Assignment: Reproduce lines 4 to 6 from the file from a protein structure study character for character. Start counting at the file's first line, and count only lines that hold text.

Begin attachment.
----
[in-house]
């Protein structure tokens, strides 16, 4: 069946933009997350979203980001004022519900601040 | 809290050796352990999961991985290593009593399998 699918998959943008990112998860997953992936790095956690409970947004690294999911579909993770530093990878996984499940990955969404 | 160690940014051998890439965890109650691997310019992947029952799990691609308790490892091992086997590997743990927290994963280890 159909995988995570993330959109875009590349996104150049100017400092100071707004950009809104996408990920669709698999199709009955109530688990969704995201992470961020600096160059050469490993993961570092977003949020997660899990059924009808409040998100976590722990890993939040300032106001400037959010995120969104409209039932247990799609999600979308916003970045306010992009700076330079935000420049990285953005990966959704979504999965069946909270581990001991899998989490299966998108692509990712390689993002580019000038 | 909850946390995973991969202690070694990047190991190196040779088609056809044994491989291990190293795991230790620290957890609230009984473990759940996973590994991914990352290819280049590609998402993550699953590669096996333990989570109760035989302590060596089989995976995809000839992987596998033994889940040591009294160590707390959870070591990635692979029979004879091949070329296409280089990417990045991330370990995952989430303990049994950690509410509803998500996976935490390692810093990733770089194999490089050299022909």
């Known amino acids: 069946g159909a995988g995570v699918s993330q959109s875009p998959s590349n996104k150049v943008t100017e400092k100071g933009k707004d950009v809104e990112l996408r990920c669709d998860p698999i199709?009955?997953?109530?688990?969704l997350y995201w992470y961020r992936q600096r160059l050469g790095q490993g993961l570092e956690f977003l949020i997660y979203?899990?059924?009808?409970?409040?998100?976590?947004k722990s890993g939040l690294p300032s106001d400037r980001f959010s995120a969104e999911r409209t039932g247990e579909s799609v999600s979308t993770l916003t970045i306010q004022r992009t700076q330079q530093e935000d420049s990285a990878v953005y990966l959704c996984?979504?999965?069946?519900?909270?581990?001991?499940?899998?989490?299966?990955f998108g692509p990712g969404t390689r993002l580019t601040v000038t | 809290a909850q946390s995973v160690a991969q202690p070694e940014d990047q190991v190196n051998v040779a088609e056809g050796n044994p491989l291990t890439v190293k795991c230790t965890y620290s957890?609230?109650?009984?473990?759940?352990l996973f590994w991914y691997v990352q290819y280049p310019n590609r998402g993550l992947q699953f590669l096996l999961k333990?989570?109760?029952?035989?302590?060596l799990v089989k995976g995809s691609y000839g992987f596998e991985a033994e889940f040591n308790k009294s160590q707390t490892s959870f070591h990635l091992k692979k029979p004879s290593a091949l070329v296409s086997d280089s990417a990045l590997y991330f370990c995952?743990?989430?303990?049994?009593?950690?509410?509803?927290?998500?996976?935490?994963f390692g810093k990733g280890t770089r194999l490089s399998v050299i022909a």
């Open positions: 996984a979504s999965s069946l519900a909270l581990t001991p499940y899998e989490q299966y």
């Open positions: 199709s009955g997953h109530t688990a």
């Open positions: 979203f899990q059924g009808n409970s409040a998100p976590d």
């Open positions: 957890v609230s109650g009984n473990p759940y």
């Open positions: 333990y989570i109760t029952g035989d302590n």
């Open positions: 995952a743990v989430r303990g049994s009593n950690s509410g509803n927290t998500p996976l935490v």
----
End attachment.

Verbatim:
């Open positions: 996984a979504s999965s069946l519900a909270l581990t001991p499940y899998e989490q299966y």
């Open positions: 199709s009955g997953h109530t688990a």
């Open positions: 979203f899990q059924g009808n409970s409040a998100p976590d």